Video: Local Police Partner with CURE to Provide Recovery Support Services


MIDDLE TOWNSHIP, N.J. – As Cape May County continues to tackle the issue of alcohol and substance addiction, the Middle Township Police Department has partnered with a local program that connects drug and alcohol abusers with a new chance of recovery.
"Christians United for Recovery" runs the program that is working throughout the county to help get addicts the treatment they need.
“The survival rate is virtually 'nil' if you’re going to continue using,” said Charles Harrah, associate pastor at Lighthouse Church.
Beginning at the Lighthouse Church, “Christians United for Recovery” meets with those struggling with addiction, and their families. In this past year alone, the "Advocating Substance Abuse Program" in the county has received 155 calls in regard to treatment for alcohol and heroin addiction. So to meet this growing problem they are on call 24/7 and have made visits to Cape Regional Hospital to shed a new light on detox.
“This county and this program [are] ranked number 1 in how many are actually sent into rehab situations. Now you can look at that as a negative, that there’s so many that are in overdose experiences, or you can look at it as a very positive thing… we are providing the help that they need, and that the rate of overdose deaths is on a rapid decline,” said Harrah.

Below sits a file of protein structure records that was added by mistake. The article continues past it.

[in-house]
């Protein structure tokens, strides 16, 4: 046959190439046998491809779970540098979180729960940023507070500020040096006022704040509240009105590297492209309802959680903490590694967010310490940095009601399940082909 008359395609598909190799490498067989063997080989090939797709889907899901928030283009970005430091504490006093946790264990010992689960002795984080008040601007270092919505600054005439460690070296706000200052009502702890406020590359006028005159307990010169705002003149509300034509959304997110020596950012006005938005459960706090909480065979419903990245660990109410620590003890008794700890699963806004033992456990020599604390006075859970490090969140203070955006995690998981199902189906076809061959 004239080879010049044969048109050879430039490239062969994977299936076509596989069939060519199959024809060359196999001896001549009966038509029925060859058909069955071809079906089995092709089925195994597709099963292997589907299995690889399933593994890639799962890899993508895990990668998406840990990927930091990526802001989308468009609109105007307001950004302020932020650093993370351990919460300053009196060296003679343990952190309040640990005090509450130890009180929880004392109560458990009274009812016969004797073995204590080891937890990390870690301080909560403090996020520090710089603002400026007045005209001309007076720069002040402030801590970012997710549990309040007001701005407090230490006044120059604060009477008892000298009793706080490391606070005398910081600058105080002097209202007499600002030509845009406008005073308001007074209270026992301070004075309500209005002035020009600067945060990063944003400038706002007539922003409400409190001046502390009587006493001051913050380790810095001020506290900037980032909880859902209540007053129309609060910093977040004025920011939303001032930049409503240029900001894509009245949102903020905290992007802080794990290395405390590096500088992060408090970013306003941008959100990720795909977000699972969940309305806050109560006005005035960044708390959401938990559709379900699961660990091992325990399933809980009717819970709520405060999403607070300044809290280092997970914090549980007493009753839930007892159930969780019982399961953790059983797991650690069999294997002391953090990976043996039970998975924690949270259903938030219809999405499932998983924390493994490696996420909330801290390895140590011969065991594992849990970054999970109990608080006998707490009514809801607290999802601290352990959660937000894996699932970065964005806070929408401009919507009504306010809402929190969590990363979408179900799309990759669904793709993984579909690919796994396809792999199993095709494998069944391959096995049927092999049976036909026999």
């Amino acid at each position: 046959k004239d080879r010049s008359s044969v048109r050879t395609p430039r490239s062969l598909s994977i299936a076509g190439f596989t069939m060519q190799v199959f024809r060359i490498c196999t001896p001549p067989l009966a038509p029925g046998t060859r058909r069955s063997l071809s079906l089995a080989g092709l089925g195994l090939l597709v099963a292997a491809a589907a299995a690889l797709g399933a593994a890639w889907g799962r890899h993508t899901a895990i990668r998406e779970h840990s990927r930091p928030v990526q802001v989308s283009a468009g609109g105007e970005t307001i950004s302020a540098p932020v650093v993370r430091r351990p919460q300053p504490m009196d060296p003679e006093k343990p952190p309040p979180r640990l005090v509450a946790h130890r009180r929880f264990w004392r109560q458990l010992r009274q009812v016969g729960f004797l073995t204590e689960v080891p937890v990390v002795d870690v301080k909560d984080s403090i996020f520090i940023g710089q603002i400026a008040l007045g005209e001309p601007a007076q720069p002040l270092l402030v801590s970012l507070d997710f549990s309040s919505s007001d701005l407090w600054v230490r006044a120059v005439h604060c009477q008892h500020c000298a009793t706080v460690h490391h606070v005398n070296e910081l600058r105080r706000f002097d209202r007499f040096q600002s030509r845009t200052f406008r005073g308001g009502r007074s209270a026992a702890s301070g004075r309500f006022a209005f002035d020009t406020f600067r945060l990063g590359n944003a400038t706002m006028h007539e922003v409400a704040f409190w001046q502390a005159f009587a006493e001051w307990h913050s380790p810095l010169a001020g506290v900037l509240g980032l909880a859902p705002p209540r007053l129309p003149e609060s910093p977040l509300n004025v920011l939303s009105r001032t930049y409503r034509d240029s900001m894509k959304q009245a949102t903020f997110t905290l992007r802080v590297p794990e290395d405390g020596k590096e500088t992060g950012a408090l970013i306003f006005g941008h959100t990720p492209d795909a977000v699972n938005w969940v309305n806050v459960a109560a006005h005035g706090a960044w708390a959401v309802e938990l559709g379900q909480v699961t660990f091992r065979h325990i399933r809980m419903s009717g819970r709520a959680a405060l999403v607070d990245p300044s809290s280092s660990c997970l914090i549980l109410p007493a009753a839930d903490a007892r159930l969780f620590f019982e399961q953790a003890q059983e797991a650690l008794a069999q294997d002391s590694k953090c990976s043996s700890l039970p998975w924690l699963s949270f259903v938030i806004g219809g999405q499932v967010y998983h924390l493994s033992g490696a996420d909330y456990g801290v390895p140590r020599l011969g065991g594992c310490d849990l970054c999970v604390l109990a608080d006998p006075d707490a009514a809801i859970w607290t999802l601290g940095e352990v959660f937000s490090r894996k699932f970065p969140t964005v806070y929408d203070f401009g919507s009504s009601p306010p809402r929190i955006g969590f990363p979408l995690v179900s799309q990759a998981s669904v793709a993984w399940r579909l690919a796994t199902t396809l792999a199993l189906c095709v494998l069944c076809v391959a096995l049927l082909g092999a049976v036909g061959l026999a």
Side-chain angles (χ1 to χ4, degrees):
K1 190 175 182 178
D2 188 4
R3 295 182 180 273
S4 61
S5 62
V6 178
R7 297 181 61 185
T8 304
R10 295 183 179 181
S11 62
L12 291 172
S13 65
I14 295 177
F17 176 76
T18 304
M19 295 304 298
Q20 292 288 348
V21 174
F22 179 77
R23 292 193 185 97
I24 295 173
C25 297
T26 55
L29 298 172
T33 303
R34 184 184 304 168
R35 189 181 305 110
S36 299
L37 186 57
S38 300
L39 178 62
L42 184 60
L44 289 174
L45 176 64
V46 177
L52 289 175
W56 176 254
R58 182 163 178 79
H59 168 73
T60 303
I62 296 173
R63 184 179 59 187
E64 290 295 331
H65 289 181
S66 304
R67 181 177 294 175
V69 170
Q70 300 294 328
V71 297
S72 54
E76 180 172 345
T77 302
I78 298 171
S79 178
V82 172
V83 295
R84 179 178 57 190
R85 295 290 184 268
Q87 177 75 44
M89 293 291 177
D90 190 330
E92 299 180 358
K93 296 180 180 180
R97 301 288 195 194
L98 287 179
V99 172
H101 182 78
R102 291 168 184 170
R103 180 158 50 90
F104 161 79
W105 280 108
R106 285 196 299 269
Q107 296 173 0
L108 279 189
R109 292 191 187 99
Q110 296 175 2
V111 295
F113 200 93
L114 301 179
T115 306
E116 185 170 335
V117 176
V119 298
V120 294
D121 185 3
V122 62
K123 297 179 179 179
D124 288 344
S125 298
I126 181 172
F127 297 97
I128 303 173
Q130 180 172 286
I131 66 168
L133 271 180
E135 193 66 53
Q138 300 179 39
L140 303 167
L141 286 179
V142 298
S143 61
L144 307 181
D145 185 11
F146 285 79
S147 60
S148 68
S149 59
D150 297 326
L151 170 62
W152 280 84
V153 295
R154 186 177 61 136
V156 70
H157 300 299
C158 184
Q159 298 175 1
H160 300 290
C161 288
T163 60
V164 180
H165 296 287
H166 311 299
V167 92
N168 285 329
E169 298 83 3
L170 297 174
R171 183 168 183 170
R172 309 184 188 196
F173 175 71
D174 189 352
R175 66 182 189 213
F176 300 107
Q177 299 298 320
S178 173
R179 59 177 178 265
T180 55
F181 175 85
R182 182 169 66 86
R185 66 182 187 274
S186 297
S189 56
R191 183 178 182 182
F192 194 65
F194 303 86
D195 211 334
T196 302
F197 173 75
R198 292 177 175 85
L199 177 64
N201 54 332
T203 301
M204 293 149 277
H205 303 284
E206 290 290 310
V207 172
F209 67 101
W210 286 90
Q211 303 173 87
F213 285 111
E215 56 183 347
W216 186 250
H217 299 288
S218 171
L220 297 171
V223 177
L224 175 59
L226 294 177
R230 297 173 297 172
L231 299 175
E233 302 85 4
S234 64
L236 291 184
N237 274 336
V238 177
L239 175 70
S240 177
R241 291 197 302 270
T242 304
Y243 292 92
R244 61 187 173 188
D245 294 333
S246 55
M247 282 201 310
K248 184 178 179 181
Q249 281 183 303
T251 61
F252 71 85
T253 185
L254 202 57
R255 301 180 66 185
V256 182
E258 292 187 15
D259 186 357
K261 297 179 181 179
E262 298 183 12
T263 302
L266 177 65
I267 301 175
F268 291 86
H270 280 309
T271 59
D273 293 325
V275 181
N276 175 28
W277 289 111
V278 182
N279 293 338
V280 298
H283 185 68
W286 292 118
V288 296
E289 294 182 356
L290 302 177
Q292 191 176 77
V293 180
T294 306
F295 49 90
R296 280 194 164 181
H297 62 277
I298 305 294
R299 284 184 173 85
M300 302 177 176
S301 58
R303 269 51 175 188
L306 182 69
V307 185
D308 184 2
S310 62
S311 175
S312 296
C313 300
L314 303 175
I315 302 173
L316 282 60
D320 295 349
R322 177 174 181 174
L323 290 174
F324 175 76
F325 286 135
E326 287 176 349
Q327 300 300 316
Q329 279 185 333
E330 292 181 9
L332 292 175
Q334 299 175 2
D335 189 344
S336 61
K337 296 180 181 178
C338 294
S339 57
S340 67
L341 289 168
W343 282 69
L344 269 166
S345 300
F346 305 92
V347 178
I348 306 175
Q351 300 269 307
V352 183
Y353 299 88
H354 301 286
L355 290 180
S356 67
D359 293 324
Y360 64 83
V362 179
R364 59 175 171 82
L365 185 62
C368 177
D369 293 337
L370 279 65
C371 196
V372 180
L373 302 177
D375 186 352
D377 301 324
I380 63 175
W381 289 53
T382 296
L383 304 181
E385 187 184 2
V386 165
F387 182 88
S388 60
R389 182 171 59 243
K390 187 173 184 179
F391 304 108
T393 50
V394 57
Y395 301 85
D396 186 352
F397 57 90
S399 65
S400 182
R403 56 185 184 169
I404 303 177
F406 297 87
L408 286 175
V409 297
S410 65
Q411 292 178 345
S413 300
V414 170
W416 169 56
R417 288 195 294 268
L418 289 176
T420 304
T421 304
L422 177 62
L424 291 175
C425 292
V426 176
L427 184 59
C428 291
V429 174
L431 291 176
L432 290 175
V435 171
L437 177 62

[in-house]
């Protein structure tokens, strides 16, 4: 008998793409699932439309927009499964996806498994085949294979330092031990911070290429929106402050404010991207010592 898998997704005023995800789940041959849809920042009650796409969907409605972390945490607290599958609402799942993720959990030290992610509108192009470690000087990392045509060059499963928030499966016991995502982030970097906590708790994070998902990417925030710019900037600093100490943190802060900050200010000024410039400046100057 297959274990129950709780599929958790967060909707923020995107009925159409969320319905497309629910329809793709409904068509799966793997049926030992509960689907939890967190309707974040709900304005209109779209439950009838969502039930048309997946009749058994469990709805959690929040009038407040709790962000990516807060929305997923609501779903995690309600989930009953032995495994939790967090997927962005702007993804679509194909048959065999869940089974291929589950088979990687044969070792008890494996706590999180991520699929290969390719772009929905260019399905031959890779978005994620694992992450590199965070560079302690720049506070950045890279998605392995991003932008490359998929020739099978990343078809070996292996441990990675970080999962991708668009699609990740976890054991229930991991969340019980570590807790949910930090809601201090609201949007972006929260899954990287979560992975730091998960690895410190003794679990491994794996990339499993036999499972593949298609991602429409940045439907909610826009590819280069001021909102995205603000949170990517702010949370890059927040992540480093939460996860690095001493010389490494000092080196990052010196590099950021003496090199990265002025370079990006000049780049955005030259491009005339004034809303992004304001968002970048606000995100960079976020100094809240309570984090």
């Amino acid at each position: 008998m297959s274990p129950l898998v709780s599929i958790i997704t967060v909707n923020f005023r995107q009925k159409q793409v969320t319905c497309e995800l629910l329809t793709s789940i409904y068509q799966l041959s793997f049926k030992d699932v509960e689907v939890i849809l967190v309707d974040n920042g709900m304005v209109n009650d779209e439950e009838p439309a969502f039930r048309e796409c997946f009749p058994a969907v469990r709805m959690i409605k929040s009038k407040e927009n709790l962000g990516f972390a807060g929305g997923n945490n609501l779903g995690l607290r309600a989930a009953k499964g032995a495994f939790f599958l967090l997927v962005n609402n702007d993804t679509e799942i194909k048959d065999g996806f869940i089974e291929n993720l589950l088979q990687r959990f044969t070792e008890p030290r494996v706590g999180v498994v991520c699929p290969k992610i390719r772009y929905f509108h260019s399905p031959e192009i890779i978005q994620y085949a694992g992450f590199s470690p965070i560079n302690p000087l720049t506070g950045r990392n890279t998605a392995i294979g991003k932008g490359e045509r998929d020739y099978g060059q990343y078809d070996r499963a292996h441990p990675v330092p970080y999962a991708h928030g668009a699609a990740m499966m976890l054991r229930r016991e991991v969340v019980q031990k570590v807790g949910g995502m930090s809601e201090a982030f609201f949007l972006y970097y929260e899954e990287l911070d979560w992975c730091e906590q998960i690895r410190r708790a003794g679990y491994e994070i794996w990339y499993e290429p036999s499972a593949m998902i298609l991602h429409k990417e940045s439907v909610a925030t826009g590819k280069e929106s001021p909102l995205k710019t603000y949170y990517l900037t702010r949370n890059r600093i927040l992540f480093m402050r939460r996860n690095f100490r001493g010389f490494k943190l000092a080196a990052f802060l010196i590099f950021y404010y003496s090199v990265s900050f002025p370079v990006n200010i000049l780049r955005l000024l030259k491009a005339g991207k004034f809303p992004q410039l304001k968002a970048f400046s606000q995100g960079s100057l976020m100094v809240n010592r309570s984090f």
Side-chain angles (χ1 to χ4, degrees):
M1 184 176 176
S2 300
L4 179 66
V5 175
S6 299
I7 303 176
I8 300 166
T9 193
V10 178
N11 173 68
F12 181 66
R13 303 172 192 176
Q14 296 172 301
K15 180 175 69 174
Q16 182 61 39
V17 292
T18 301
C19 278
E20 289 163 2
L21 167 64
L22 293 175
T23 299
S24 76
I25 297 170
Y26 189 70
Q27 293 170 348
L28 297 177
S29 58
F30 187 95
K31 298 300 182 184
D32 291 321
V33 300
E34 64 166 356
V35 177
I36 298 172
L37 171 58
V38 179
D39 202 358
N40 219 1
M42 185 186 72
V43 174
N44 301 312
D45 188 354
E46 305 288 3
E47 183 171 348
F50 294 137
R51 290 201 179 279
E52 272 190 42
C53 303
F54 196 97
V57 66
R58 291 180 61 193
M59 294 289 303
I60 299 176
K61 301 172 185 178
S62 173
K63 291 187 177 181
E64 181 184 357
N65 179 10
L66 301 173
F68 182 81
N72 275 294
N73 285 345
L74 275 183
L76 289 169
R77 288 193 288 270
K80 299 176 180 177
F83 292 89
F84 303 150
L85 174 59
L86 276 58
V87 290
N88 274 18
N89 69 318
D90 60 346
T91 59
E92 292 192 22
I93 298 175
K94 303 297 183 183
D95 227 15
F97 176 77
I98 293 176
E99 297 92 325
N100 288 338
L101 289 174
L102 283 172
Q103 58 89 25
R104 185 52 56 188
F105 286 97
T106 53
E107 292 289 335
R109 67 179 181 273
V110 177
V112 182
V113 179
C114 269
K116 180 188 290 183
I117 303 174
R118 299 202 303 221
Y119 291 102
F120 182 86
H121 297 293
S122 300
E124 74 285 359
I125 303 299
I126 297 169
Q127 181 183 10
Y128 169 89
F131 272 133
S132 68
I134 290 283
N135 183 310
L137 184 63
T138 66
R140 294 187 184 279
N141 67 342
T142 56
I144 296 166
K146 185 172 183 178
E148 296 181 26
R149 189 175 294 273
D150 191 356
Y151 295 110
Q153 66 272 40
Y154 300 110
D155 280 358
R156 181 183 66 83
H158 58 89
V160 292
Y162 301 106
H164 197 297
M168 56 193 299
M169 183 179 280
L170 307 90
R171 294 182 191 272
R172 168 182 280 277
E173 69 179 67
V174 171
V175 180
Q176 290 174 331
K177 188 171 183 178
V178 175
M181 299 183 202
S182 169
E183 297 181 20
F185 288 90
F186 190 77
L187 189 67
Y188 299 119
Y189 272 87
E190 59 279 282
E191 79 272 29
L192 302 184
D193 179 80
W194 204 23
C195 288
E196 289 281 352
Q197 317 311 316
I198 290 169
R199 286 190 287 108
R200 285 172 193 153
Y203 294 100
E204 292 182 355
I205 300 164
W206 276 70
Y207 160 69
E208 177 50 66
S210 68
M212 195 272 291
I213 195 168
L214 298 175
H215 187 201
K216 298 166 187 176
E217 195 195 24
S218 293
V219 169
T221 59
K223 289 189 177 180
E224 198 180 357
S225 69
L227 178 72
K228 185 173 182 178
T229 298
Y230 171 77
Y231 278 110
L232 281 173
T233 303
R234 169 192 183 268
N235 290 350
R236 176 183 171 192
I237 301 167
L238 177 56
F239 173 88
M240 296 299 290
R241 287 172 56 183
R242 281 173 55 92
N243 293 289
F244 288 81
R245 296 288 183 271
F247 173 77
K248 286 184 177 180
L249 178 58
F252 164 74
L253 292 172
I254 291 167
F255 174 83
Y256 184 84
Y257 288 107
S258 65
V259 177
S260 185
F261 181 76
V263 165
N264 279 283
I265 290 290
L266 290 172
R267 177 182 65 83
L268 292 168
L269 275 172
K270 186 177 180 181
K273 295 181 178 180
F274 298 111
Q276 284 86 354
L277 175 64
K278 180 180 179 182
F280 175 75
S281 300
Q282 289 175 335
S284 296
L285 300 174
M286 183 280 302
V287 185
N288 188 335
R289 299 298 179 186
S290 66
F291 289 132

The Middle Township Police Department will now offer CURE and ASAP services through their officers. If someone is arrested on drug-related charges, or if resident on the street tells an officer they want help - appropriate actions will be taken.
"It is a disease, and we need to start looking differently at it, if we’re going to have an impact,” said Middle Township Police Chief Christopher Leusner.
Protocol states that forms will be filled out, CURE or ASAP volunteers will respond to the station, and they will work with the person trying to get help. If they have already been arrested and begin working with CURE, the court will consider that when deciding on sentences.
“I think it’s a 'win-win' situation. I think we’re going to put people in touch with addiction services that they need. And when you look at our crime, especially our shoplifting and our thefts, a lot of that is driven by addiction,” said Leusner.
The aim of the partnership is to hopefully create a safer community with less crime and drugs on the street.
“We will not arrest our way out of this problem. I believe that. And it’s programs like this that I think are going to make a difference,” said Leusner.